The phenomenon, syndrome and disease of Maurice Raynaud, JJF BELCH

Tags: blood flow, RP, SS, BRITISH JOURNAL OF RHEUMATOLOGY, vasoconstriction, blood vessel, Raynaud's phenomenon, RP patients, Rochester Minnesota, Stopford Building, constructive suggestions, blood coagulation, statistics, Population, Communicable diseases, cigarette smoking, sympathetic nervous system, vascular damage, cigarette smoke, central nervous system, Department of Health and Social Security, neurogenic mechanisms, nervous system, systolic blood pressure, England and Wales, subsequent development, vasodilatory, CREST, nifedipine, the CREST, side-effects, antiplatelet agent, scleroderma, Maurice Raynaud, Office of Population Censuses and Surveys, A. J. SILMAN ARC Epidemiology Research Unit, National Morbidity Study, HMSO, Royal College of General Practitioners, London, Morbidity statistics, University of Manchester
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data presented in these reviews of interest and constructive suggestions regarding the content and presentation of the data will be welcomed. A. J. SILMAN ARC Epidemiology Research Unit, Stopford Building, University of Manchester, Oxford Road, Manchester Ml 39PT REFERENCES 1. Office of Population, Censuses and Surveys. Cancer statistics: registrations, England and Wales. Series MBI (1971 onwards). London: HMSO. 2. Office of Population, Censuses and Surveys. Communicable diseases, statistics, England and Wales. Series MB2 (1974 onwards). London: HMSO. 3. Office of Population, Censuses and Surveys. Mortality statistics: England and Wales. Series DH1 (1974 onwards). London: HMSO. 4. Office of Population, Censuses and Surveys. Hospital in-patient enquiry England and Wales. Series MB4 (1974 onwards) London: HMSO. 5. Logan WPO, Cushion AA. Morbidity statistics from general practice. Vol I (general). London: HMSO, 1958.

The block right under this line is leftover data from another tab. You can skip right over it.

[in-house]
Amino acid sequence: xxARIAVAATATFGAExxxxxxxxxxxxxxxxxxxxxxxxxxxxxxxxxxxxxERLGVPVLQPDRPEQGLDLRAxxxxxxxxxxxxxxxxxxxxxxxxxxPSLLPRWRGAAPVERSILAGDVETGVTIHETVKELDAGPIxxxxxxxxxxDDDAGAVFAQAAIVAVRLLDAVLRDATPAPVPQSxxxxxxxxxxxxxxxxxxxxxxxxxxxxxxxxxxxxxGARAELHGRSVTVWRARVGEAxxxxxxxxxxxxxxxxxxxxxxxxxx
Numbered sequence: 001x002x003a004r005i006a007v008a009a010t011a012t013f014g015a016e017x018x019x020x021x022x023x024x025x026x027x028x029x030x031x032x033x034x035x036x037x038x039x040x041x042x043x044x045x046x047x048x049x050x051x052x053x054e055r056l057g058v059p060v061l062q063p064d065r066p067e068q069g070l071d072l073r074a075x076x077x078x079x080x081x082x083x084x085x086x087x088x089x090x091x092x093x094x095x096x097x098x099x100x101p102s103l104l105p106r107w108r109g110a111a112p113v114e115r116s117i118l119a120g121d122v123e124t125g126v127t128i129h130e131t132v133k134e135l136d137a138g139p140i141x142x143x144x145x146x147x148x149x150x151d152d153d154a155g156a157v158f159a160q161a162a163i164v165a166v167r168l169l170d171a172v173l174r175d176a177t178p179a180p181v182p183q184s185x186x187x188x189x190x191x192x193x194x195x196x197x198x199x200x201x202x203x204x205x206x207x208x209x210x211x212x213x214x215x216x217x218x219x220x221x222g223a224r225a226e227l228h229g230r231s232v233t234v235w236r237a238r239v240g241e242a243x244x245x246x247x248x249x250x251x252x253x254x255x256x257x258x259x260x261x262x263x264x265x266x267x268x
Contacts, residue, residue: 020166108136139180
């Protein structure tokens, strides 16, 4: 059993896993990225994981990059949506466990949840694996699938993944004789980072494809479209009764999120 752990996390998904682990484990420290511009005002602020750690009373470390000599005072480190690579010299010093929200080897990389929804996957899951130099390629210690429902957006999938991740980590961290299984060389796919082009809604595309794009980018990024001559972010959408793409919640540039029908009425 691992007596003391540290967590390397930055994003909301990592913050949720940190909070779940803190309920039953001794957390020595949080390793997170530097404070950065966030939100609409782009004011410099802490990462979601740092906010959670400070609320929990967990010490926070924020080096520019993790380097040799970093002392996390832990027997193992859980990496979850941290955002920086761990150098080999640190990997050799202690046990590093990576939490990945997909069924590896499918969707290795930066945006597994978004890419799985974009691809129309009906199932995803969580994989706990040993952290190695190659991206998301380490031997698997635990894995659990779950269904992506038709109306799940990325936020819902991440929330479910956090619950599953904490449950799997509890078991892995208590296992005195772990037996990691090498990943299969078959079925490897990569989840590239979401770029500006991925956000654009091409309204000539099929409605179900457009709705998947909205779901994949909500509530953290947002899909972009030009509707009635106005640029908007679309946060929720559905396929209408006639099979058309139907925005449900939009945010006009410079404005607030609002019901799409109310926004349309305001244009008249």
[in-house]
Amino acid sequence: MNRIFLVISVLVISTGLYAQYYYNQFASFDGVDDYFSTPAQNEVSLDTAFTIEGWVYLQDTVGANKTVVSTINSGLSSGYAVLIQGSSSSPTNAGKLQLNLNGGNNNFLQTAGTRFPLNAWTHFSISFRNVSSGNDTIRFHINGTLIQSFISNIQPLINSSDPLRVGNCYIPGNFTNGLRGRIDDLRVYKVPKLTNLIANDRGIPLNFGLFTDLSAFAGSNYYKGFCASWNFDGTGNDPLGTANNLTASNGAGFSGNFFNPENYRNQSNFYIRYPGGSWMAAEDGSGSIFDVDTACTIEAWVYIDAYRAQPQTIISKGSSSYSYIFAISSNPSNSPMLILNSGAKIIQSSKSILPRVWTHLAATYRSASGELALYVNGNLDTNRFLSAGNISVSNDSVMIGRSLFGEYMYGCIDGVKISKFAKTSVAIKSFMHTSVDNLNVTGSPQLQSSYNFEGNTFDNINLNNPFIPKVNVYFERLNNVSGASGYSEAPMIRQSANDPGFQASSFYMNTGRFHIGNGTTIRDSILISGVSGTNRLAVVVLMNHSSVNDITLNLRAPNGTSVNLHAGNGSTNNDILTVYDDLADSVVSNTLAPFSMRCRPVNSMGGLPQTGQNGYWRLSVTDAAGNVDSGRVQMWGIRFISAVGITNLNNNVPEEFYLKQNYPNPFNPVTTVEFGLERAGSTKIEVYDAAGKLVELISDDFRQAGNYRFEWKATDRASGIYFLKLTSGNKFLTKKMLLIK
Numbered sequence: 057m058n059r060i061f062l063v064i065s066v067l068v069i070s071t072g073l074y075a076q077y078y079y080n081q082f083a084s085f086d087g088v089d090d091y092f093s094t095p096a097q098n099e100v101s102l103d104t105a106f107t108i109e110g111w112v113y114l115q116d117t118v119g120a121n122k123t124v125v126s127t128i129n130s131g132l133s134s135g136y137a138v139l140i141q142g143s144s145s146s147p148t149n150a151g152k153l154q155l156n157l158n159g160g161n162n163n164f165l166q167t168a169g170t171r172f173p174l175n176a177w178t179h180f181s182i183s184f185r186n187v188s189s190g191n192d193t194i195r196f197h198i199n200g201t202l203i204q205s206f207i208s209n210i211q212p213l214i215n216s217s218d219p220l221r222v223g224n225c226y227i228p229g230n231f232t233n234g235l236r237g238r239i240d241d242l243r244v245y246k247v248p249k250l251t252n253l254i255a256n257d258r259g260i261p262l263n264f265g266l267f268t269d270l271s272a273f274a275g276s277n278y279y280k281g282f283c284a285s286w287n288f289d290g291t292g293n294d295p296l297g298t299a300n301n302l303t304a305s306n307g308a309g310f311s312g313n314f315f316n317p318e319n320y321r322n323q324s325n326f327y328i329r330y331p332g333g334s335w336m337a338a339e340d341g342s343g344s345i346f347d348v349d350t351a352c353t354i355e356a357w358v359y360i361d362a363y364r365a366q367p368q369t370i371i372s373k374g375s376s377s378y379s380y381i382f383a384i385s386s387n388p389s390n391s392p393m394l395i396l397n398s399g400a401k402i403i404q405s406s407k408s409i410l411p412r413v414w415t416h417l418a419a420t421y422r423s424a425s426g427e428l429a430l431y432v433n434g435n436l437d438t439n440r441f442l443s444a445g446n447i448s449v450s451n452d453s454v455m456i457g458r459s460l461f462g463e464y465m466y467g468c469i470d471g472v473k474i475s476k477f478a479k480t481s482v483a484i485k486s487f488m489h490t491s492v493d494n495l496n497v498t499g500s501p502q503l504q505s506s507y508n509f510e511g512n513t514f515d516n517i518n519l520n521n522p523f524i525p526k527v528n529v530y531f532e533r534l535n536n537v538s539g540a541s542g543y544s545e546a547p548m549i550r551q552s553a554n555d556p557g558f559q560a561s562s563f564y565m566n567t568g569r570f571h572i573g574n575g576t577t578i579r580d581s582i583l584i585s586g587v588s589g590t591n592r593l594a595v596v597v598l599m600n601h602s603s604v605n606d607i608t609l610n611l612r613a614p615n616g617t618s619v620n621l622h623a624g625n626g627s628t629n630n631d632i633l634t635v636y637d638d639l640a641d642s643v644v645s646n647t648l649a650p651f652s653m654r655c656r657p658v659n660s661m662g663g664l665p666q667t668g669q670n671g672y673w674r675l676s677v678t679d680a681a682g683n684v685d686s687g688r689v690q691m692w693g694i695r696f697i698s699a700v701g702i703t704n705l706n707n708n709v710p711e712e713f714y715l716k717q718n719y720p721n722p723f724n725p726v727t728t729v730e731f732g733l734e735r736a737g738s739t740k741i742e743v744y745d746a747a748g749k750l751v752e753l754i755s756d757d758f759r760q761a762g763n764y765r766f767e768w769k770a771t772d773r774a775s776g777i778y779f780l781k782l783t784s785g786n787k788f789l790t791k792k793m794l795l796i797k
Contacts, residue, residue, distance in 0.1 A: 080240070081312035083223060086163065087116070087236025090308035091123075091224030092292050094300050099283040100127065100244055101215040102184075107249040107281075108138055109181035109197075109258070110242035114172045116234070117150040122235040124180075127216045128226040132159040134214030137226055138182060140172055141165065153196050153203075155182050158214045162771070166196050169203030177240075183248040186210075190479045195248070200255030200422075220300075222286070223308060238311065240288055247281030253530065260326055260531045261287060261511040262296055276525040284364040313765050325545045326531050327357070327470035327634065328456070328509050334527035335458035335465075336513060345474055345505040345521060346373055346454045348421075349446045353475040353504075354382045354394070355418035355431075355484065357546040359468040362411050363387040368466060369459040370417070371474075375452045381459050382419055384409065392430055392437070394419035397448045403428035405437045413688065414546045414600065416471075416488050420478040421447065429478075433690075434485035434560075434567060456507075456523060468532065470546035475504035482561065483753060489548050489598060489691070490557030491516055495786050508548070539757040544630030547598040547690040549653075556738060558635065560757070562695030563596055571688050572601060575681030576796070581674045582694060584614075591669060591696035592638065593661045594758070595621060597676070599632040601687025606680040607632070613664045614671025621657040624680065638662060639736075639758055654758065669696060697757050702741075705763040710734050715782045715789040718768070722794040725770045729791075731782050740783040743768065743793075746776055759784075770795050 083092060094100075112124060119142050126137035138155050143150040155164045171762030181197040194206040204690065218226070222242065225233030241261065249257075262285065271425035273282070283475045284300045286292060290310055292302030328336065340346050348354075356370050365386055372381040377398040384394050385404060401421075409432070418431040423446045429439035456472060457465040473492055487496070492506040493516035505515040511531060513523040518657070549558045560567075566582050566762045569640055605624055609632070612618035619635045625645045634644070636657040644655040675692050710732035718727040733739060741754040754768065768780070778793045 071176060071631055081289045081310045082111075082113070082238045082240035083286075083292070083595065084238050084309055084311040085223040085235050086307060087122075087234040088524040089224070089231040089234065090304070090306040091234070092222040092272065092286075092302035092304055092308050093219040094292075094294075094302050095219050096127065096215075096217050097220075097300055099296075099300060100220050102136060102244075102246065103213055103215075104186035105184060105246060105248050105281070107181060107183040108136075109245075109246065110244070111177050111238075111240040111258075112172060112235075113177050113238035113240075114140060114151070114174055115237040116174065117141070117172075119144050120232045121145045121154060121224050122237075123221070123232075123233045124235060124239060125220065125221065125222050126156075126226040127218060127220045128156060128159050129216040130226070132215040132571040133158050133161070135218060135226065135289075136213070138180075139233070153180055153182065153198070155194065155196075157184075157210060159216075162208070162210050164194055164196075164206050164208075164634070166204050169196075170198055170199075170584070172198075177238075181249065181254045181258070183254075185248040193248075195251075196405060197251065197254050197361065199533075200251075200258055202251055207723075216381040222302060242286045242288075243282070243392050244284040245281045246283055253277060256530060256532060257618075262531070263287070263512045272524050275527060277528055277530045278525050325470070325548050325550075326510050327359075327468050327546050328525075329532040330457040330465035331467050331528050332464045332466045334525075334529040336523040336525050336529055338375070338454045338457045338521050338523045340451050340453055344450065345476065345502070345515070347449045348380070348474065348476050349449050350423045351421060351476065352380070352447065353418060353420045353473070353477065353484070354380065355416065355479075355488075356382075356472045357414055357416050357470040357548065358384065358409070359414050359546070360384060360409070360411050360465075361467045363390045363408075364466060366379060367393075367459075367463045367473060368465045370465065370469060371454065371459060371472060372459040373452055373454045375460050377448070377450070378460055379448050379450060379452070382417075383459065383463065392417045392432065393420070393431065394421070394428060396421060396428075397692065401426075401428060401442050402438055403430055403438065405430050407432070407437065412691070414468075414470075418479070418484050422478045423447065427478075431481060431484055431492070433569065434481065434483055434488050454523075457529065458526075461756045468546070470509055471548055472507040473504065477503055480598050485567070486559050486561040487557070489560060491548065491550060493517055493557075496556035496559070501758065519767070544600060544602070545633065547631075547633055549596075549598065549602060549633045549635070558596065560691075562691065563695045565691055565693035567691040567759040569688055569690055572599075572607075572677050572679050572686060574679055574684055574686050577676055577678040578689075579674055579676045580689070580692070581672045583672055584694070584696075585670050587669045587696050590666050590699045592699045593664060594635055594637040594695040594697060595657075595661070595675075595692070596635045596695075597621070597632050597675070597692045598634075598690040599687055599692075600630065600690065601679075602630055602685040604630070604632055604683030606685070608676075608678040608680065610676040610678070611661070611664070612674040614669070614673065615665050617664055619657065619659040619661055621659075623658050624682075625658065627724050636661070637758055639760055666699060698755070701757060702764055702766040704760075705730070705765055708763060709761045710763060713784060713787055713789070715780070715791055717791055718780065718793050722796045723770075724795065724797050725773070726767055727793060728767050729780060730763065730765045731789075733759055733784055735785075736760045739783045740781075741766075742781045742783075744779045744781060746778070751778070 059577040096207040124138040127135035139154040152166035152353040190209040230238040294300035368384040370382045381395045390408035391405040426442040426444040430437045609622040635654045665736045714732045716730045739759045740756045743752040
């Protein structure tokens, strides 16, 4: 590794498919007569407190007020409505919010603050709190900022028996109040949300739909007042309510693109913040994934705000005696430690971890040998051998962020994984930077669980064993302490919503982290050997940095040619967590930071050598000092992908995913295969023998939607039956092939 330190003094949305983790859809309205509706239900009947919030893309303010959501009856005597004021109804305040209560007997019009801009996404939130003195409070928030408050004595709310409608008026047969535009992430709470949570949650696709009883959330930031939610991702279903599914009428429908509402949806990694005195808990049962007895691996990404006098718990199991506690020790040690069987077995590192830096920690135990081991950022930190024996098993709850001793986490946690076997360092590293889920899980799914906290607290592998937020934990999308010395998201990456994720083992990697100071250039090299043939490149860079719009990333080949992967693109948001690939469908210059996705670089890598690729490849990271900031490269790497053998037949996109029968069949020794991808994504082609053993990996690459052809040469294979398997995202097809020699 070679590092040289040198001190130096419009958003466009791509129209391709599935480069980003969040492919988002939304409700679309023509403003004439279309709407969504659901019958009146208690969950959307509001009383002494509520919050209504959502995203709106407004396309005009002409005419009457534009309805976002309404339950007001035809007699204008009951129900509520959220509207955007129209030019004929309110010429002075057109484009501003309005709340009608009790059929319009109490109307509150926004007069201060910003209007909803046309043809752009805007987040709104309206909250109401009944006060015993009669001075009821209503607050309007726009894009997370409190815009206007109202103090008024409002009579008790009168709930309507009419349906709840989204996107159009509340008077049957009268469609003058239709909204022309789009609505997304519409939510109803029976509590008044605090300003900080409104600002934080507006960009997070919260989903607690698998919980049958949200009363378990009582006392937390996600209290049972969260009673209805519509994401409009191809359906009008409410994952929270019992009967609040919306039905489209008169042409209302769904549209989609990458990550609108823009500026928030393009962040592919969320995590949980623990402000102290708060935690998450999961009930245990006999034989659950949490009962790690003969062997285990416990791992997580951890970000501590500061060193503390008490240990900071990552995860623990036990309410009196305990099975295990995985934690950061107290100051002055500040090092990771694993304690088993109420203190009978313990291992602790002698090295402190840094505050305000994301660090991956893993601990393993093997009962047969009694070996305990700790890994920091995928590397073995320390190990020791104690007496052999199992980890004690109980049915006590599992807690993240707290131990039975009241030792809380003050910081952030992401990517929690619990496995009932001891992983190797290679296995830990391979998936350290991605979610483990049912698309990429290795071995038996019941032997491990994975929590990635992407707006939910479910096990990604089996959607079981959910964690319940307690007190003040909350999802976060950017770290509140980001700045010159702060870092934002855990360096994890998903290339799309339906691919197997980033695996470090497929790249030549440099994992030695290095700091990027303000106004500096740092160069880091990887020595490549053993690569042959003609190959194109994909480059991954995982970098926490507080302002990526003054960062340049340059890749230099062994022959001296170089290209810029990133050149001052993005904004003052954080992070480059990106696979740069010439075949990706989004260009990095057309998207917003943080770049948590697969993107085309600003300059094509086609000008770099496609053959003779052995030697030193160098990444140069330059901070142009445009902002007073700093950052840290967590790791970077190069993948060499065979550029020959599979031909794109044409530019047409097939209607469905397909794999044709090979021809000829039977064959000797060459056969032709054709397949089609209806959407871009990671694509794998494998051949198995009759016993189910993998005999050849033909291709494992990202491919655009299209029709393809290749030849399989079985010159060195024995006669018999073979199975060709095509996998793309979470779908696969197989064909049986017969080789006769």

6. Royal College of General Practitioners, Office of Population Censuses and Surveys, Department of Health and Social Security. Morbidity statistics from general practice. 2nd National Morbidity Study 1970-71. London: HMSO, 1979. 7. Royal College of General Practitioners, Office of Population Censuses and Surveys, Department of Health and Social Security. Morbidity statistics from general practice. 3rd National Morbidity Study 1981-82. London: HMSO, 1988. 8. Lawrence JS. Rheumatism in populations. London: Heinemann, 1977. 9. Linos A, Worthington JW, O'Fallon WM. The epidemiology of rheumatoid arthritis in Rochester Minnesota. A study of incidence, prevalence and mortality. Ann J Epidemiol 1980;lll:87-98. 10. Michet CJ, McKenna CH, Elveback LR, Kaslow RA, Kurland LT. Epidemiology of systemic lupus erythematous and other connective tissue diseases in Rochester Minnesota 1950 through 1979. Mayo Clin Proc 1985 ;60:105-13. 11. Lawrence RC, Hochberg MC, Kelsey JL, et al. Estimates of the prevalence of selected arthritic and musculoskeletal diseases in the United States. J Rheumatol 1989;16:427-41.